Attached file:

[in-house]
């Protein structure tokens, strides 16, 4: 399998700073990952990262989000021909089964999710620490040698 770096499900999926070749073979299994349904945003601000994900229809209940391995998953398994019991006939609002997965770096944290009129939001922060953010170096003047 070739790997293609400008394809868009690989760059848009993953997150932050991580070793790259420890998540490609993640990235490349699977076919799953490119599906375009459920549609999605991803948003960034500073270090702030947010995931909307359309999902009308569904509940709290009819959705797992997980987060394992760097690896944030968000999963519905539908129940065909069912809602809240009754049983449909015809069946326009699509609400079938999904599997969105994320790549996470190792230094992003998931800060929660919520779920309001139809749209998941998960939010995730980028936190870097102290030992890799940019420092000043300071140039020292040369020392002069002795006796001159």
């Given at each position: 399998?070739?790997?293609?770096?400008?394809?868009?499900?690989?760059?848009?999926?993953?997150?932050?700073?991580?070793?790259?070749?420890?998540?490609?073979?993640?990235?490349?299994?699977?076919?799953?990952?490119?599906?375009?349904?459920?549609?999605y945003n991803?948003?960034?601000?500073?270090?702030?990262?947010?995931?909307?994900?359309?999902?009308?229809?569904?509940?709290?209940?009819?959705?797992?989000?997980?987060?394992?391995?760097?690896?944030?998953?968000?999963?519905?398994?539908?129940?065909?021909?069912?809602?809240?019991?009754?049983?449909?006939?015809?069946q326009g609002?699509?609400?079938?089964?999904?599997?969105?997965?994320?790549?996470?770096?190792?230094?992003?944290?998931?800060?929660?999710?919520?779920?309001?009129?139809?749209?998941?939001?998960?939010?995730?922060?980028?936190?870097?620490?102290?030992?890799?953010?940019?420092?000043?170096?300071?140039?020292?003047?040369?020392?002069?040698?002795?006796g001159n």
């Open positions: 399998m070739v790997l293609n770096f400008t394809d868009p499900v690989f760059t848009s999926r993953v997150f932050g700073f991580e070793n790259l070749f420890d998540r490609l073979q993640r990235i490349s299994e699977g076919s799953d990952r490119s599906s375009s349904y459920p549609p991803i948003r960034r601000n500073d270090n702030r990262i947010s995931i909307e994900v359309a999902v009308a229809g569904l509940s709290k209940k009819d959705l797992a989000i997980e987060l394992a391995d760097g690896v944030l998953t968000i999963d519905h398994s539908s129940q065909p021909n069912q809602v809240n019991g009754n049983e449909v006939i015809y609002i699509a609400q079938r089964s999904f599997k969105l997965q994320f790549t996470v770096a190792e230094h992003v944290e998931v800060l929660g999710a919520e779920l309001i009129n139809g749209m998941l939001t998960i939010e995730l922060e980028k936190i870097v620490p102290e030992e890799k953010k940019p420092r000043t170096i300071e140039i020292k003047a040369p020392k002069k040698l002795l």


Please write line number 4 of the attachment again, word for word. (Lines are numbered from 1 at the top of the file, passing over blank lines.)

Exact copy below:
């Open positions: 399998m070739v790997l293609n770096f400008t394809d868009p499900v690989f760059t848009s999926r993953v997150f932050g700073f991580e070793n790259l070749f420890d998540r490609l073979q993640r990235i490349s299994e699977g076919s799953d990952r490119s599906s375009s349904y459920p549609p991803i948003r960034r601000n500073d270090n702030r990262i947010s995931i909307e994900v359309a999902v009308a229809g569904l509940s709290k209940k009819d959705l797992a989000i997980e987060l394992a391995d760097g690896v944030l998953t968000i999963d519905h398994s539908s129940q065909p021909n069912q809602v809240n019991g009754n049983e449909v006939i015809y609002i699509a609400q079938r089964s999904f599997k969105l997965q994320f790549t996470v770096a190792e230094h992003v944290e998931v800060l929660g999710a919520e779920l309001i009129n139809g749209m998941l939001t998960i939010e995730l922060e980028k936190i870097v620490p102290e030992e890799k953010k940019p420092r000043t170096i300071e140039i020292k003047a040369p020392k002069k040698l002795l």